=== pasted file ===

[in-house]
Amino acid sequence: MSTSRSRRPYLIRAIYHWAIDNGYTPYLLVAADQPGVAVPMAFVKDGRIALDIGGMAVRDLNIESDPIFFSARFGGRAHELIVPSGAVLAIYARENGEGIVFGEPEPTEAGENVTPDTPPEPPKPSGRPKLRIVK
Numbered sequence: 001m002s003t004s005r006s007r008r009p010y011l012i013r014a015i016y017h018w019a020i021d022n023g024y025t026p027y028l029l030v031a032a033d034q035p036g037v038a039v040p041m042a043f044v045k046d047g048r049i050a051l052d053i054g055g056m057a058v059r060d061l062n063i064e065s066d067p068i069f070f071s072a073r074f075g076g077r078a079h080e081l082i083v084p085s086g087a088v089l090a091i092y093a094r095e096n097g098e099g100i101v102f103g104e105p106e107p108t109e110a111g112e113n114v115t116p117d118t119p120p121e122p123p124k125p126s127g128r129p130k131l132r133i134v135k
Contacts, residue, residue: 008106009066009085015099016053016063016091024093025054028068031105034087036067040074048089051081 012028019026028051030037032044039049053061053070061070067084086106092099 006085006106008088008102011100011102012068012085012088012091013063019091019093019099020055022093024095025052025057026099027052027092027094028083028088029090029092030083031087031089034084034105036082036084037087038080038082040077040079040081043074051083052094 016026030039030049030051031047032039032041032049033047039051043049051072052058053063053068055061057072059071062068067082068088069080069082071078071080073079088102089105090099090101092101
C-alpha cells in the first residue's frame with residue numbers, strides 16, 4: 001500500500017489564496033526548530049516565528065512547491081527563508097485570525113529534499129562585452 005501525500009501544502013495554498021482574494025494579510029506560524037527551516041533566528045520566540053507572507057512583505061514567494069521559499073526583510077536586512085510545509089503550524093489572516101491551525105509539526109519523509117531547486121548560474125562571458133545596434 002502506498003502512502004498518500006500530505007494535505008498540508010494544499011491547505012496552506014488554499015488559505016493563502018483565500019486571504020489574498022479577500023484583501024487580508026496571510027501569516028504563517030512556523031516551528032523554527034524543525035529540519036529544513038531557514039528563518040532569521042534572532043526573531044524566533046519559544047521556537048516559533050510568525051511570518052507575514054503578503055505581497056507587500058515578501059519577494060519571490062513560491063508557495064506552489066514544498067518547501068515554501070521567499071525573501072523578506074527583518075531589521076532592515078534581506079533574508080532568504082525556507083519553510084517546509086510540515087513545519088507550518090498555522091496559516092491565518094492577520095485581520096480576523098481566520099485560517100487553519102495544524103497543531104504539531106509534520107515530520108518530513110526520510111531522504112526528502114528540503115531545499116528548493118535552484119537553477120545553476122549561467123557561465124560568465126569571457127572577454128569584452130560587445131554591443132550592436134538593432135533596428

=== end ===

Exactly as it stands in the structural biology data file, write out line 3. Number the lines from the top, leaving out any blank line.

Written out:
Numbered sequence: 001m002s003t004s005r006s007r008r009p010y011l012i013r014a015i016y017h018w019a020i021d022n023g024y025t026p027y028l029l030v031a032a033d034q035p036g037v038a039v040p041m042a043f044v045k046d047g048r049i050a051l052d053i054g055g056m057a058v059r060d061l062n063i064e065s066d067p068i069f070f071s072a073r074f075g076g077r078a079h080e081l082i083v084p085s086g087a088v089l090a091i092y093a094r095e096n097g098e099g100i101v102f103g104e105p106e107p108t109e110a111g112e113n114v115t116p117d118t119p120p121e122p123p124k125p126s127g128r129p130k131l132r133i134v135k